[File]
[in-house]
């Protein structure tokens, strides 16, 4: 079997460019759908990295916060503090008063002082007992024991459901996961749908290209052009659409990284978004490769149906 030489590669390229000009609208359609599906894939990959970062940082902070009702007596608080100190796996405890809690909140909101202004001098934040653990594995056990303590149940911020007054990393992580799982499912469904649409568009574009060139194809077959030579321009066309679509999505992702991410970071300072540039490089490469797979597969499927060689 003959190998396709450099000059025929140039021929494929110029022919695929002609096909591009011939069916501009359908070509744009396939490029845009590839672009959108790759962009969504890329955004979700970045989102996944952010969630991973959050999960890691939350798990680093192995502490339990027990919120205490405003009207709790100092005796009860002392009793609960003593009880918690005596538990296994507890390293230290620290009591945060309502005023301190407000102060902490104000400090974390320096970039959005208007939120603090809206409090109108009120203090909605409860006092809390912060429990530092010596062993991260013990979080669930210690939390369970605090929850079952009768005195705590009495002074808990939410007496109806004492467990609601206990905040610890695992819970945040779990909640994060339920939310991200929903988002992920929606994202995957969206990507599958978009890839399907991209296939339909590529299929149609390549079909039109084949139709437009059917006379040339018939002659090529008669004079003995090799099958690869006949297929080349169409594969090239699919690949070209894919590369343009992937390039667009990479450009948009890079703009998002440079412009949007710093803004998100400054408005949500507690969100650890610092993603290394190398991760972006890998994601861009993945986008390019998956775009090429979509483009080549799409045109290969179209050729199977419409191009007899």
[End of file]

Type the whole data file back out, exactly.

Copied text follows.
[in-house]
């Protein structure tokens, strides 16, 4: 079997460019759908990295916060503090008063002082007992024991459901996961749908290209052009659409990284978004490769149906 030489590669390229000009609208359609599906894939990959970062940082902070009702007596608080100190796996405890809690909140909101202004001098934040653990594995056990303590149940911020007054990393992580799982499912469904649409568009574009060139194809077959030579321009066309679509999505992702991410970071300072540039490089490469797979597969499927060689 003959190998396709450099000059025929140039021929494929110029022919695929002609096909591009011939069916501009359908070509744009396939490029845009590839672009959108790759962009969504890329955004979700970045989102996944952010969630991973959050999960890691939350798990680093192995502490339990027990919120205490405003009207709790100092005796009860002392009793609960003593009880918690005596538990296994507890390293230290620290009591945060309502005023301190407000102060902490104000400090974390320096970039959005208007939120603090809206409090109108009120203090909605409860006092809390912060429990530092010596062993991260013990979080669930210690939390369970605090929850079952009768005195705590009495002074808990939410007496109806004492467990609601206990905040610890695992819970945040779990909640994060339920939310991200929903988002992920929606994202995957969206990507599958978009890839399907991209296939339909590529299929149609390549079909039109084949139709437009059917006379040339018939002659090529008669004079003995090799099958690869006949297929080349169409594969090239699919690949070209894919590369343009992937390039667009990479450009948009890079703009998002440079412009949007710093803004998100400054408005949500507690969100650890610092993603290394190398991760972006890998994601861009993945986008390019998956775009090429979509483009080549799409045109290969179209050729199977419409191009007899």